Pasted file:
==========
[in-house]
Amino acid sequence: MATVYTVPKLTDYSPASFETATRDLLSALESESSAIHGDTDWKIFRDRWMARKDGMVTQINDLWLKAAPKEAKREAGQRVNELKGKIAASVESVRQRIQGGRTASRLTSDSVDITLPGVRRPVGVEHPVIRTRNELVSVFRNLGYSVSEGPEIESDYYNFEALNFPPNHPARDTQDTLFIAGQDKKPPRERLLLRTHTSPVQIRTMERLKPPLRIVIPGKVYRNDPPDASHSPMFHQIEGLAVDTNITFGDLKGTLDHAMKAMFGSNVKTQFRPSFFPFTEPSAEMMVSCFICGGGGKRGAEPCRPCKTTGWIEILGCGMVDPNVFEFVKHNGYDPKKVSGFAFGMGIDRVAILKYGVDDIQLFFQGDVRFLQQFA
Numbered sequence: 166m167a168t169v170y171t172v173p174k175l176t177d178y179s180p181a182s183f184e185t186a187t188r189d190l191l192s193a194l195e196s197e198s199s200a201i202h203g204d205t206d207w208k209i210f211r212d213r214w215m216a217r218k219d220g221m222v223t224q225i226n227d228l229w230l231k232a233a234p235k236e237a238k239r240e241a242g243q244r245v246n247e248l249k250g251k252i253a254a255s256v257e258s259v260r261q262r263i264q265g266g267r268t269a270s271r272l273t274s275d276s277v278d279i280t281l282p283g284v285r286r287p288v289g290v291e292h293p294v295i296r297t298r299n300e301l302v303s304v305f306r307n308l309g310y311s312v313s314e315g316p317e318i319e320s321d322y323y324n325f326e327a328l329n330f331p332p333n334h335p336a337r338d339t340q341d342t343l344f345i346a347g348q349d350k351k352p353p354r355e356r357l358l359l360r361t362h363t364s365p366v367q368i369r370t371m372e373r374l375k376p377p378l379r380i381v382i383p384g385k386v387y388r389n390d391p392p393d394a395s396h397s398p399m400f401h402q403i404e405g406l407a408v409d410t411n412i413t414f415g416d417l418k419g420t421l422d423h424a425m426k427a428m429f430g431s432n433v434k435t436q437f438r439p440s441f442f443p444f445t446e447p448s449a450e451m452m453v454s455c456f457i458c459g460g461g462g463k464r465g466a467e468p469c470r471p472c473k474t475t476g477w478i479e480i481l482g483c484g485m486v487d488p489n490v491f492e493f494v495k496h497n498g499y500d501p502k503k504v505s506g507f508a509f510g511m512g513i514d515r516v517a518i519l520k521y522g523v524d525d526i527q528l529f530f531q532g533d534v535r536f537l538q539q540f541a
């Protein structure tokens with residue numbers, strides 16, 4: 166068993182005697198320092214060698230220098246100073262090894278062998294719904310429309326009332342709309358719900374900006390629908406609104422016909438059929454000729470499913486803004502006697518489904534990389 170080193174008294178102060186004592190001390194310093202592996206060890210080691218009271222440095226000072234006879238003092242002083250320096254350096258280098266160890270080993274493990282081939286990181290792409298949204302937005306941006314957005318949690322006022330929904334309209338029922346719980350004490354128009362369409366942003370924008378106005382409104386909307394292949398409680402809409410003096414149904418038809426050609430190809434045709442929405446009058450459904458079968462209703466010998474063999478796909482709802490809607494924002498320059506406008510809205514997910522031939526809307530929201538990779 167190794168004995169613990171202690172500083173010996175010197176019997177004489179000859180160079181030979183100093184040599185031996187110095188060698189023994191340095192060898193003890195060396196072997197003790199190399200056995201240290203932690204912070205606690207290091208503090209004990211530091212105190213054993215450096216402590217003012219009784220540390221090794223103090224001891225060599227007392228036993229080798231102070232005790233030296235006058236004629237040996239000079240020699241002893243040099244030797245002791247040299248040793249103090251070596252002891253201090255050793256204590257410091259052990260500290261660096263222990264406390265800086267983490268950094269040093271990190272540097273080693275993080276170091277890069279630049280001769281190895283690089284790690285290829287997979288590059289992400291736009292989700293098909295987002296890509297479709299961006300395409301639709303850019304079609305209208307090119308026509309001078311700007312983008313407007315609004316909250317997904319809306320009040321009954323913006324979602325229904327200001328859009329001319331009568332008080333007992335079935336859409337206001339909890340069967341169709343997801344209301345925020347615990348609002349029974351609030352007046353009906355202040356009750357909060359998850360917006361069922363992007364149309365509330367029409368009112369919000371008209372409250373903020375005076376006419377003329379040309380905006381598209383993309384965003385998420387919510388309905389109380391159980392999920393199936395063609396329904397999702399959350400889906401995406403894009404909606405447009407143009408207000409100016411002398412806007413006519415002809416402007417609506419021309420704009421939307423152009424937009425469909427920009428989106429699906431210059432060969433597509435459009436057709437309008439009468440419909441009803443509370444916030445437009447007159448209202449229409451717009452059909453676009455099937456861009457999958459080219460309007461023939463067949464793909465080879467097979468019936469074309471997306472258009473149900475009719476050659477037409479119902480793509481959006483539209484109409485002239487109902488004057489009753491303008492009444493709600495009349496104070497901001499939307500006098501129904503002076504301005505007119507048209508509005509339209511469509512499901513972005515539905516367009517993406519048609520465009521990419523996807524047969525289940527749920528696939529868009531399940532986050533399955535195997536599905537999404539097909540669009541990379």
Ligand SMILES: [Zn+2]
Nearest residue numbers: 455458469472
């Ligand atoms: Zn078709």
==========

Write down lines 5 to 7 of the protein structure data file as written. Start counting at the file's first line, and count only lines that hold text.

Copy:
Ligand SMILES: [Zn+2]
Nearest residue numbers: 455458469472
């Ligand atoms: Zn078709």